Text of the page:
A survey reveals that 70% of UK pet owners have had their home damaged by their dog, and a further 80% have spent up to £250 repairing or replacing the damaged items.
Whilst 24% of adults have welcomed a new pet into their home since March 2020, or are planning to before Easter 2021, Brits need to keep an open mind about the unexpected costs of owning a dog – such as accidental damage caused to their home, from their new furry friend.
To delve into the full extent of the issue, MattressNextDay surveyed UK pet owners to reveal how much they have spent repairing or replacing home interiors, accidentally damaged their pet. They then enlisted the expertise of veterinarians, behaviour specialists and more, to reveal their top tips for preventing accidental pet damage.
The MattressNextDay findings revealed that 70% of UK pet owners have had their property or an interior item damaged by their pet, with defecating or urinating indoors to be the most common reason for damage.
Of those who have had their home damaged by their pet, 80% have spent up to £250 repairing or replacing damaged items in their home. A further 1 in 12 (8%) have spent a staggering £800 – £100 fixing interior damage caused by their pets.
Almost half (47%) of UK pet owners cited the living room as being the most common place for destruction, followed by the kitchen at 30%. However, over 1 in 4 (27%) of pet owners have had more than one room in their home suffer damage due to their pet.
Experts Reveal Their Top 10 Tips for Preventing Pet Damage in Your Home
So how can you try and prevent your lovable four-legged friend wreaking havoc in your home? After consulting veterinarians, dog walks and behaviour specialists, MattressNextDay have shared their top tips for pet owners.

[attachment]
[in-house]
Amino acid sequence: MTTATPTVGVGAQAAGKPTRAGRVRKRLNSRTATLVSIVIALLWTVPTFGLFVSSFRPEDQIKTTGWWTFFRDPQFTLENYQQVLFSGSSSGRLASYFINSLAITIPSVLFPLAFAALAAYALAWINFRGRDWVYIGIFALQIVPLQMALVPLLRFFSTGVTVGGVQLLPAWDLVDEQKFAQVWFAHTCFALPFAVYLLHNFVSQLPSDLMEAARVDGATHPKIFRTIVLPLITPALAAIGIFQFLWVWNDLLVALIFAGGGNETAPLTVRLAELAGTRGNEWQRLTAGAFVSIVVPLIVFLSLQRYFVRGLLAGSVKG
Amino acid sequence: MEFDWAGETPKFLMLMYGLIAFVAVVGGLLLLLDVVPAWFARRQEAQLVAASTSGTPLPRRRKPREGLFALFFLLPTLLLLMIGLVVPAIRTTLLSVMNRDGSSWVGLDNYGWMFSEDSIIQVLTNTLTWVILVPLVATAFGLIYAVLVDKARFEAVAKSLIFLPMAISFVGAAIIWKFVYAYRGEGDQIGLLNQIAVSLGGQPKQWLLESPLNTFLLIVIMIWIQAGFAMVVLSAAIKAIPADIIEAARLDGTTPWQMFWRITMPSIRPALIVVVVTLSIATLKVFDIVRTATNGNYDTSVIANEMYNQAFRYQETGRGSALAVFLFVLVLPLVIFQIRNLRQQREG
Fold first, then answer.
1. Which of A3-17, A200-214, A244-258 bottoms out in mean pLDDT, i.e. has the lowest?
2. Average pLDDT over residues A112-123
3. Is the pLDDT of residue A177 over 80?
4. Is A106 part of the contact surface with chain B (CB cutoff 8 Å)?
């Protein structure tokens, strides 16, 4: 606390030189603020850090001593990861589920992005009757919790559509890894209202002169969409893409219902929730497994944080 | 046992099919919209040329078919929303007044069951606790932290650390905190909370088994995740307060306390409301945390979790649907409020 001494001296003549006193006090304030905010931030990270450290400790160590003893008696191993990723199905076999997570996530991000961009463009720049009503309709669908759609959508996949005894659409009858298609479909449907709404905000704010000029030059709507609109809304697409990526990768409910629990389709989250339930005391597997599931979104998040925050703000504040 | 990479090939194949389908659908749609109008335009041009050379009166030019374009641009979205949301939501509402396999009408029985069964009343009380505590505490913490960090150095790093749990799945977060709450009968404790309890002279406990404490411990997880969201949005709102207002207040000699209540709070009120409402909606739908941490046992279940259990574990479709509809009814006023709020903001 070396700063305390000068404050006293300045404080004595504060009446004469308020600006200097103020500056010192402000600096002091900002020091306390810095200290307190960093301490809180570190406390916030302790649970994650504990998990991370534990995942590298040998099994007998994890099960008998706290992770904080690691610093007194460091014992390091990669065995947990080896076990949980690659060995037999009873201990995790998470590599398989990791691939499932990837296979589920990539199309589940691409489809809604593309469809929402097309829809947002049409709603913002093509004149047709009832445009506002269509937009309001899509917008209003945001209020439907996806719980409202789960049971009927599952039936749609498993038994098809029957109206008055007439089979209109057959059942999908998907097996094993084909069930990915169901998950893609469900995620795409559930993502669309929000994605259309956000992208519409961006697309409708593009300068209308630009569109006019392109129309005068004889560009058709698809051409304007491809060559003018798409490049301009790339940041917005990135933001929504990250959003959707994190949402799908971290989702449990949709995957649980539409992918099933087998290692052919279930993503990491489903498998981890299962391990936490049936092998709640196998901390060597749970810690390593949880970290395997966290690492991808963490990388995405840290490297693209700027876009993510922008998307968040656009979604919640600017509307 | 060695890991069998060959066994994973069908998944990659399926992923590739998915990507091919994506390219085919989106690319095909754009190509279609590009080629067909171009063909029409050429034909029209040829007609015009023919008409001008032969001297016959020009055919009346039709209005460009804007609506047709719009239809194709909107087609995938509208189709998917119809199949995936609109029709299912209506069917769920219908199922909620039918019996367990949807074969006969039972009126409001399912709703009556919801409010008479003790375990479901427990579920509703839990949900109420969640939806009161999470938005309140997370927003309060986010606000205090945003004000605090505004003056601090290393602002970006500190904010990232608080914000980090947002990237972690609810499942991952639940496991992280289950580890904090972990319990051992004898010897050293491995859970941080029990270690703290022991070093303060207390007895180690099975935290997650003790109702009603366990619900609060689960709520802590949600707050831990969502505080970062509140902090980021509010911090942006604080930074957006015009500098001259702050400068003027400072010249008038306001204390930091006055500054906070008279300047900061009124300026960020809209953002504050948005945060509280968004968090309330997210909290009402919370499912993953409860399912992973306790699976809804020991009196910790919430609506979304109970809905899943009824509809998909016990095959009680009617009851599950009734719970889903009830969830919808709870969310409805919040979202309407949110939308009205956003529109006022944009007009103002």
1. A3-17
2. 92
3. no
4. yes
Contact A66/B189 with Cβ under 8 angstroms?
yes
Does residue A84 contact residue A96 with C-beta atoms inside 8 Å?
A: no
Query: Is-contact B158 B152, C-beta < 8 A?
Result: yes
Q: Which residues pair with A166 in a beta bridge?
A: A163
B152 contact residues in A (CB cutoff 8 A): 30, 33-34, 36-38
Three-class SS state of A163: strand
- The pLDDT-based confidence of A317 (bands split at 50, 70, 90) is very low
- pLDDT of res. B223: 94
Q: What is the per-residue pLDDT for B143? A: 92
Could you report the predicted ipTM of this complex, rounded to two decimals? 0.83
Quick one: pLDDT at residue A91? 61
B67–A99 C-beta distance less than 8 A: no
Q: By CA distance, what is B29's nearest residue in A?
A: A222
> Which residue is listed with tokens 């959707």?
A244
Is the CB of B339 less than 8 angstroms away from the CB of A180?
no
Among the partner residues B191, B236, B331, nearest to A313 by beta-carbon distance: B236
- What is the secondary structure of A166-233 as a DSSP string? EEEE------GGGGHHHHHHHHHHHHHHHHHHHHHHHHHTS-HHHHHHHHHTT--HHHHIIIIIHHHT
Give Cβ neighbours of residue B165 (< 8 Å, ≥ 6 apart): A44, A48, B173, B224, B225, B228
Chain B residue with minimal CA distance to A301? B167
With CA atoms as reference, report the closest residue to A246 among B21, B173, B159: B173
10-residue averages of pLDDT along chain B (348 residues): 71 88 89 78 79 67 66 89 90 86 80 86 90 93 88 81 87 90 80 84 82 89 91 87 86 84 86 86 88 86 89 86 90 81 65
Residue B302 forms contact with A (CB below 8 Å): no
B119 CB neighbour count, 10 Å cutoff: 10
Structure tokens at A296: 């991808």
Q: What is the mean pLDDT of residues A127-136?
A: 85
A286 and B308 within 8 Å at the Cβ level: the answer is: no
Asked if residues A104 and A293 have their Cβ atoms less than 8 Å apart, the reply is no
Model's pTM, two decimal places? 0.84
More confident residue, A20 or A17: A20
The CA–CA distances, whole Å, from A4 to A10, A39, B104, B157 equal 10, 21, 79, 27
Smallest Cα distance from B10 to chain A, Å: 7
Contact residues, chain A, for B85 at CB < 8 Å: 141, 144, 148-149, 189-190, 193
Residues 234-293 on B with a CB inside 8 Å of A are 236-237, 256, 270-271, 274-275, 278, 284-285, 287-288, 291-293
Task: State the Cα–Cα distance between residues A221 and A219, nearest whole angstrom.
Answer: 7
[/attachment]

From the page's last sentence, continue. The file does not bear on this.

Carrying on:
1 Make sure your pets are well exercised
It may seem an obvious solution but often, the reason dogs sometimes destroy furniture or do something they shouldn’t do is because they are bored. Rachel Rogers, owner and head trainer for Nose to Trail Pet Services, says: “When dogs don’t have an appropriate outlet for this innate desire, it can lead to ‘problem’ behaviours that can cause damage in the home. For some dogs, this may be digging which can manifest as ripping up soft furnishings like pillows, quilts and mattresses.”
2 Receive professional training
Sometimes all your dog needs is a bit of training – which is especially important if you’ve decided to purchase a puppy. Training them from a younger age is likely to be more successful as the older they get, the harder they are to train.
3 Spray anti-chew spray on your expensive items
If you have any items of furniture that you really don’t want your dog to damage, then consider spraying it with anti-chew spray, as this has a naturally unpleasant taste.
4 Create a safe space for your pet
Creating a dedicated space just for your dog will give them somewhere to feel safe that they can take themselves off to do should they need to. Crates are a quick way to do this, but you can also convert furniture or even purchase future with ready-made spaces for dog beds. Creating a den for your pet gives them a place to feel settled, stay when they are nervous, or simply have some alone time where they’re not disturbed by other pets or family members.